by David T. Jones
The election that took place in Quebec on March 26 was exceptional and important, with consequences for U.S. – Canadian relations. The author, a longtime observer of Canadian political affairs, explores the question and elaborates.—Assoc. Ed.
Normally to Americans a Canadian federal election is as interesting as kissing your sister.
And a Canadian provincial election is as interesting as kissing your mother-in-law.
But the 26 March Quebec provincial election was exceptional, both in political science terms and prospective national and international consequences.
First, the Bottom Line.
The ruling Quebec Liberal Party called an election well before it was necessary; it won a pyrrhic victory, devolving a substantial majority government into a slim minority—the first minority government in Quebec since 1878. The separatist Parti Quebecois (PQ) was massively defeated, falling into third place. And a one-man-band, center-right party, the Action Democratique du Quebec Alliance Democratic Quebecois (ADQ), leaped from political wilderness into a close second place to become the Official Opposition.
So Why Did this Happen?
For 40 years, the Quebec polity had been frozen into a federalist/separatist divide. Coincident with the development of Francophone political power in the province in the 1960s was the essential question of that generation: would Quebec Francophones’ political/social/economic power be exercised within Canada or as an independent country?
The issue was fought out during the course of two highly divisive referendums. The most recent, in 1995, rejected by less than 1 percent of those voting the path that would have led to an independent Quebec. Arguably, the difference in the result was the dynamic efforts of a dedicated Quebec federalist, “Captain Canada” Jean Charest. Despite losing this referendum, the then-ruling PQ was re-elected in 1998; however, with fewer popular votes than the Quebec Liberals, now led by Charest. Frustrated with intraparty squabbling, the PQ’s iconic leader (Lucien Bouchard) resigned to be succeeded by his competent deputy, Bernard Landry. But reflecting a degree of intellectual fatigue and a history of rotating parties after two elections, the PQ was defeated in 2003 by Charest’s Liberals. At this juncture, the ADQ, headed by then-32-year-old Mario Dumont, won a handful of seats and during the campaign generated some interest primarily among middle class professionals tired of being over taxed for mediocre services.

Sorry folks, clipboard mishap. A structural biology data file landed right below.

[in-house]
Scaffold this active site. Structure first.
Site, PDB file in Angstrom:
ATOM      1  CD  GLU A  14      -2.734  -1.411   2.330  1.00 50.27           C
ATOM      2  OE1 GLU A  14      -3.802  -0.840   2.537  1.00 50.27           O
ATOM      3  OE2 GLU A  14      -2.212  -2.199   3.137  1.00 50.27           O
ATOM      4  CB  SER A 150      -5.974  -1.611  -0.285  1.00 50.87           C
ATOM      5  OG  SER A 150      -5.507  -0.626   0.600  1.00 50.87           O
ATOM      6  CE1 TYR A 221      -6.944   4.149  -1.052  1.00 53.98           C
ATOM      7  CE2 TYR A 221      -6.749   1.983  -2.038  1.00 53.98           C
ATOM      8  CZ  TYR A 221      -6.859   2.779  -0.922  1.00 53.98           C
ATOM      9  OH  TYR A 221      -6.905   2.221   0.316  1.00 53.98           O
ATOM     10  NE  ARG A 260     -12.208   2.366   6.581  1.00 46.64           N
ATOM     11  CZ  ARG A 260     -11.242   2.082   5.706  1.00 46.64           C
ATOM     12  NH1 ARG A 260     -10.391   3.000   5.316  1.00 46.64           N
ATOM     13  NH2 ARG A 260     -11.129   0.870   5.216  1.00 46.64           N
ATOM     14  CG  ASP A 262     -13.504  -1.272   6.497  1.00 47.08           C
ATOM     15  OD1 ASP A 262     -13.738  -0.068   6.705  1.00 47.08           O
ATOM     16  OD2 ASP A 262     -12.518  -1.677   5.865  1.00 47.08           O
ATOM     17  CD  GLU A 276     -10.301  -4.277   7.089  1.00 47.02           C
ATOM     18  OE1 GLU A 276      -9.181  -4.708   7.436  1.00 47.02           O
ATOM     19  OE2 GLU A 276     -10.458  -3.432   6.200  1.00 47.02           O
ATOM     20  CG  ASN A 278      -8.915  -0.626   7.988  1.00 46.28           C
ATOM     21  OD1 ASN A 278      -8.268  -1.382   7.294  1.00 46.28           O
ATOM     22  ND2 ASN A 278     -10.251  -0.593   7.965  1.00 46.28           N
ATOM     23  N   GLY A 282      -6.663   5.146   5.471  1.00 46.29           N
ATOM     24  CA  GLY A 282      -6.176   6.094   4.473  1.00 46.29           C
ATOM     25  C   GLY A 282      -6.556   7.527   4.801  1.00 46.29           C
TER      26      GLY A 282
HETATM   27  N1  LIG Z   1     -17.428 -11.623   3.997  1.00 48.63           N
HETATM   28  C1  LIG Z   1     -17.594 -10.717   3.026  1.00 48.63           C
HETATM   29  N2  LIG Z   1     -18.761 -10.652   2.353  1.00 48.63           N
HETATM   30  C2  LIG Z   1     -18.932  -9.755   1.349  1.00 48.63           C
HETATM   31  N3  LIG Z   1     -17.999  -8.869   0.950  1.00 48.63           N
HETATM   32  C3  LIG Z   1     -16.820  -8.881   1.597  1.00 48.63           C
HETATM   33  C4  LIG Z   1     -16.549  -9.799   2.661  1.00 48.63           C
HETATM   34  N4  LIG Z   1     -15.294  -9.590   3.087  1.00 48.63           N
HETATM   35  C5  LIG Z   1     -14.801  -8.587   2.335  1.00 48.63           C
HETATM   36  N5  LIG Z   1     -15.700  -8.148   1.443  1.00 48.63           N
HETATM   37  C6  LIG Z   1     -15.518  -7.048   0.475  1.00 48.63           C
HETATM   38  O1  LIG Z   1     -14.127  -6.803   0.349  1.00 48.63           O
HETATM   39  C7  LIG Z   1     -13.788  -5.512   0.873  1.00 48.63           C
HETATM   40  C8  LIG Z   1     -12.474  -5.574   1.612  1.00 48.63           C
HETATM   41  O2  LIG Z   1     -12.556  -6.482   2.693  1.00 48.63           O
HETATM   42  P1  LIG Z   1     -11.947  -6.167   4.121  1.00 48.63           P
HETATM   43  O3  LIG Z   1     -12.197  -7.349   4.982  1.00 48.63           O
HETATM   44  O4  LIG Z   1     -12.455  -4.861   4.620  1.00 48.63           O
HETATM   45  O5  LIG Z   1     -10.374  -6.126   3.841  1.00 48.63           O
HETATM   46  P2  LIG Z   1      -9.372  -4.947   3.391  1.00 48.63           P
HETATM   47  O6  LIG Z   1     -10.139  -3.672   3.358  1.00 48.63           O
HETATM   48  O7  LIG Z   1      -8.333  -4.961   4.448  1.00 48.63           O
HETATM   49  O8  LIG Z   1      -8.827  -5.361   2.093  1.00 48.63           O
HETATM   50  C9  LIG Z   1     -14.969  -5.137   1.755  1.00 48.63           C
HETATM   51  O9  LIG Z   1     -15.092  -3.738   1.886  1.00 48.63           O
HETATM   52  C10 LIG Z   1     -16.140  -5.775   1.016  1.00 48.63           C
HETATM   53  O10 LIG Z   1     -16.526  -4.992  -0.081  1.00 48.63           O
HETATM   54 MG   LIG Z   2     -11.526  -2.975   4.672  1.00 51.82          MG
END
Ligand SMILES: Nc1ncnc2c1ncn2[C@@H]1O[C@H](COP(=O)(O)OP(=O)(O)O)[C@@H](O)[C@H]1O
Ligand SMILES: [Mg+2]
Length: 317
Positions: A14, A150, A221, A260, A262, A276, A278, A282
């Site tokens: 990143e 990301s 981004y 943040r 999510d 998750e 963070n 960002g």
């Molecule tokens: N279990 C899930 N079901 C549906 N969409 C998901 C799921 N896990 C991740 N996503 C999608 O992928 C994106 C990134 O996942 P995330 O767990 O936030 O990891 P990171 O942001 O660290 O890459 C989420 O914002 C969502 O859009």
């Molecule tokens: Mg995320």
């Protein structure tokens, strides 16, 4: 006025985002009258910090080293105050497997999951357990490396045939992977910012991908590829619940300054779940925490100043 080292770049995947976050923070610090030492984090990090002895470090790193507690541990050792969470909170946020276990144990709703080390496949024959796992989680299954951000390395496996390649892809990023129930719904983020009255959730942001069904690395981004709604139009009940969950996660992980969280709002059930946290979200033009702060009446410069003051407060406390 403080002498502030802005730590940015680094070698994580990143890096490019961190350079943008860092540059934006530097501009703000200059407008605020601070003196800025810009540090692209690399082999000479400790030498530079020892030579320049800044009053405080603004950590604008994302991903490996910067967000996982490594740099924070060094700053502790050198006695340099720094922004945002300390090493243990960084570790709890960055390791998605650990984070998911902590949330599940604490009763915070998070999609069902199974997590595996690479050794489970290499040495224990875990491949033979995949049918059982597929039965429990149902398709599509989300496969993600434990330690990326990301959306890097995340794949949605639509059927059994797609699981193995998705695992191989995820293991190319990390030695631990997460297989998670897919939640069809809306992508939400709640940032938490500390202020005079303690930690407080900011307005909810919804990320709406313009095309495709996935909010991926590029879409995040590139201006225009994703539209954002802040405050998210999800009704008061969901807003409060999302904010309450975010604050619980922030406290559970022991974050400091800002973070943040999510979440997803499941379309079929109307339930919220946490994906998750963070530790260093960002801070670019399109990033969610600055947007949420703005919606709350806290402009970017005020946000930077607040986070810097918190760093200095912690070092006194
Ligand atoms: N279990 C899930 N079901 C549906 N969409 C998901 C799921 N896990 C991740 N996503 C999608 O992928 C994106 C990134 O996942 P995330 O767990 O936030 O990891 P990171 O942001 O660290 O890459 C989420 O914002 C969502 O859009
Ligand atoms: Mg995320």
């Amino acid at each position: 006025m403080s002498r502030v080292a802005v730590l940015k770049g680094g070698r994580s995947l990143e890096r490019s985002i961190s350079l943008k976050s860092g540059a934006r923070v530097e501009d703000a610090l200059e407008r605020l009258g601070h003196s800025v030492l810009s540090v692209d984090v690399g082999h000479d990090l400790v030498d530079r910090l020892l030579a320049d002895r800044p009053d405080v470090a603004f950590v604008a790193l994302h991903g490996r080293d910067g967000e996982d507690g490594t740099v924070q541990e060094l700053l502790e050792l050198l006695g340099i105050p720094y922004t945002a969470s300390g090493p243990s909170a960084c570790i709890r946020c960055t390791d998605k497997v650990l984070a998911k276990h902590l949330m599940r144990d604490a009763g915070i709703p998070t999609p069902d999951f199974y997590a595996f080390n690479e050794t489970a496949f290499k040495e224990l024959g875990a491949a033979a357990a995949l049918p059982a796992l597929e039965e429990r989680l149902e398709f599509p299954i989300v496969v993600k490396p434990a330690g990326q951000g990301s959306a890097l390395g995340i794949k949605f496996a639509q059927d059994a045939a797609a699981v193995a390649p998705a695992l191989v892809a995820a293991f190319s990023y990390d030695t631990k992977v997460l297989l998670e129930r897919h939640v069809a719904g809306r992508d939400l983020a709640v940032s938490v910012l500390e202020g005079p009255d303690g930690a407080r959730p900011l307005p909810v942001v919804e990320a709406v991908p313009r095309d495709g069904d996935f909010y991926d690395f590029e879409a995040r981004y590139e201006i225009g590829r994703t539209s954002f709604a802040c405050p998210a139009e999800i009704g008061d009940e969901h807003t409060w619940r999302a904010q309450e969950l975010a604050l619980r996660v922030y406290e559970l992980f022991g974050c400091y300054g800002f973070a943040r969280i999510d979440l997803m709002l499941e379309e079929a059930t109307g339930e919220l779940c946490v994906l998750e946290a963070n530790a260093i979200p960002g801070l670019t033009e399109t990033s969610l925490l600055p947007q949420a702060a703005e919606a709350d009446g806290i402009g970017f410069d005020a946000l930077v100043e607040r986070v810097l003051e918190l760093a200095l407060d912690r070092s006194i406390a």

The Liberals Bungle Their Mandate.
Charest came to power benefiting from electoral fatigue with the PQ and promising both to reduce taxes substantially and to improve health care services. Instead of building on these opportunities, he stumbled through several years of social/political missteps just short of direct scandal, but leaving observers shaking their heads with “why did he do that?” type of questions. And he neither reduced taxes nor improved health services—at least not to the level of his campaign promises. Consequently, the Charest Liberals were decidedly unpopular: at the time of the election call approximately 60 percent of the electorate was dissatisfied with the government’s performance.
Thus, one might ask, why—with a five year mandate—did Charest decide to call an election now?
— Because the Opposition Looked in Even Worse Shape. Following its 2003 election defeat, the PQ was at loose ends. Its generation-long struggle for independence was faltering, and the leadership that came of age in the 1960s inspired by that dream was frequently regarded as past its “best before” date. It appeared as if this was the appropriate time to select a next generation of leadership, no less devoted to an independent Quebec but appearing less like your grandfathers’.
The PQ ultimate choice was Andre Boisclair—dynamic, articulate, urbane, and well regarded by youth and Montreal-oriented Quebeckers. On the negative side, he was an open homosexual, an admitted cocaine user, relatively inexperienced in provincial politics, and without a university degree. When he assumed the leadership in December 2005, Charest appeared done to a crisp and the PQ was poised to win a majority. Instead, PQ polling strength fell steadily throughout 2006—at least partly associated with Boisclair’s metrosexual personality and political missteps (such as appearing in a TV takeoff of Brokeback Mountain depicting Prime Minister Harper and President Bush as homosexual lovers).